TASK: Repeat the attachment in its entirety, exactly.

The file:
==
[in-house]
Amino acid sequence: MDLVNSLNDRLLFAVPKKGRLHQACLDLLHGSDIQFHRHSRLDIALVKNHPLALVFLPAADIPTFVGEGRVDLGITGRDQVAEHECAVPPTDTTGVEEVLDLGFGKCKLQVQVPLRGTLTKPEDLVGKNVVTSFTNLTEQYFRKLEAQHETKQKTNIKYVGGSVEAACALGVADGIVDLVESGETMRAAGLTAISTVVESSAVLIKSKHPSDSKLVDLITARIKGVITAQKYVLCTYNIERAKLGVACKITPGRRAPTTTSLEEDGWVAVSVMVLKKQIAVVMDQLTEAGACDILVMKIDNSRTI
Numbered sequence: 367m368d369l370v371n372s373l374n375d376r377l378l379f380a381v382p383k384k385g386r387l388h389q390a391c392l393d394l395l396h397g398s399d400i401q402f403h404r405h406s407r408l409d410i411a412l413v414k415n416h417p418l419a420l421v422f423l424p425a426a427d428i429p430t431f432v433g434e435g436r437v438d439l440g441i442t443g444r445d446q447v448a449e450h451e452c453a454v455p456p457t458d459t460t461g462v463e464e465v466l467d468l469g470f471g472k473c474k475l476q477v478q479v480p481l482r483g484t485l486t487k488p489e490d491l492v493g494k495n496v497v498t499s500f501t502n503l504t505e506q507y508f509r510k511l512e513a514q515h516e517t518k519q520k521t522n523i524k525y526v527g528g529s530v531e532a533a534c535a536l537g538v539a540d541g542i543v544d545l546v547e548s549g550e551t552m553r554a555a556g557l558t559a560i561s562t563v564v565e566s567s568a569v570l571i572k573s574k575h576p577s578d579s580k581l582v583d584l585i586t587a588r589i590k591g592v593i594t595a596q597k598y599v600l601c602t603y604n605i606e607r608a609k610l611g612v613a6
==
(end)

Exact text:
[in-house]
Amino acid sequence: MDLVNSLNDRLLFAVPKKGRLHQACLDLLHGSDIQFHRHSRLDIALVKNHPLALVFLPAADIPTFVGEGRVDLGITGRDQVAEHECAVPPTDTTGVEEVLDLGFGKCKLQVQVPLRGTLTKPEDLVGKNVVTSFTNLTEQYFRKLEAQHETKQKTNIKYVGGSVEAACALGVADGIVDLVESGETMRAAGLTAISTVVESSAVLIKSKHPSDSKLVDLITARIKGVITAQKYVLCTYNIERAKLGVACKITPGRRAPTTTSLEEDGWVAVSVMVLKKQIAVVMDQLTEAGACDILVMKIDNSRTI
Numbered sequence: 367m368d369l370v371n372s373l374n375d376r377l378l379f380a381v382p383k384k385g386r387l388h389q390a391c392l393d394l395l396h397g398s399d400i401q402f403h404r405h406s407r408l409d410i411a412l413v414k415n416h417p418l419a420l421v422f423l424p425a426a427d428i429p430t431f432v433g434e435g436r437v438d439l440g441i442t443g444r445d446q447v448a449e450h451e452c453a454v455p456p457t458d459t460t461g462v463e464e465v466l467d468l469g470f471g472k473c474k475l476q477v478q479v480p481l482r483g484t485l486t487k488p489e490d491l492v493g494k495n496v497v498t499s500f501t502n503l504t505e506q507y508f509r510k511l512e513a514q515h516e517t518k519q520k521t522n523i524k525y526v527g528g529s530v531e532a533a534c535a536l537g538v539a540d541g542i543v544d545l546v547e548s549g550e551t552m553r554a555a556g557l558t559a560i561s562t563v564v565e566s567s568a569v570l571i572k573s574k575h576p577s578d579s580k581l582v583d584l585i586t587a588r589i590k591g592v593i594t595a596q597k598y599v600l601c602t603y604n605i606e607r608a609k610l611g612v613a6